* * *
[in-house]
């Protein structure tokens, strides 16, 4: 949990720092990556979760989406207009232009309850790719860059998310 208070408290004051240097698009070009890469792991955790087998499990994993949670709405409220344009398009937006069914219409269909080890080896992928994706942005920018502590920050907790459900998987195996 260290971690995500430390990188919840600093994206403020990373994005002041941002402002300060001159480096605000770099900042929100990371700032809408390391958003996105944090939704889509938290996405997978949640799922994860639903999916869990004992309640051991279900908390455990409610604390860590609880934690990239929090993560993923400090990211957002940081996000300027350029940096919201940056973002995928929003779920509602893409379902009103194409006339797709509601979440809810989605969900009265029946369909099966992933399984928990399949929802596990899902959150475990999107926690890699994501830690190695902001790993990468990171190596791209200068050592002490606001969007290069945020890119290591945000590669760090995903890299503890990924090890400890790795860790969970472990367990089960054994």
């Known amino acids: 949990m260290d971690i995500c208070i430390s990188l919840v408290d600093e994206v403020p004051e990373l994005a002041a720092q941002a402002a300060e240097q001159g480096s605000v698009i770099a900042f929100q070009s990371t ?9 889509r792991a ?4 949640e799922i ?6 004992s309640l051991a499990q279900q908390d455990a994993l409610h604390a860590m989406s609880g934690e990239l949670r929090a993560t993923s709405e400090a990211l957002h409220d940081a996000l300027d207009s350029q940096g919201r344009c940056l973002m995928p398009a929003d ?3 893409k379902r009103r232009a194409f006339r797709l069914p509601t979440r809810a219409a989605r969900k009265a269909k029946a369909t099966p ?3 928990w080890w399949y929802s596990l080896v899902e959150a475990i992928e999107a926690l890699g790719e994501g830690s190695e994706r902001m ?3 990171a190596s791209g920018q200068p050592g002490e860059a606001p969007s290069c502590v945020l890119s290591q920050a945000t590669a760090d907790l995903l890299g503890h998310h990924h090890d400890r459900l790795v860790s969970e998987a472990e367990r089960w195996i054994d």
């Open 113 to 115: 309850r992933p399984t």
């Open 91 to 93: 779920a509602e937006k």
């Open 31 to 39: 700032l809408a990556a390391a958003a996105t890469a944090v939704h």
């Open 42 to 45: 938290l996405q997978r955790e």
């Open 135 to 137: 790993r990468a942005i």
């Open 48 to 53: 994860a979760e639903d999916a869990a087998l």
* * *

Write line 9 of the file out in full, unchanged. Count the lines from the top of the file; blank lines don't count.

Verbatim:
């Open 48 to 53: 994860a979760e639903d999916a869990a087998l």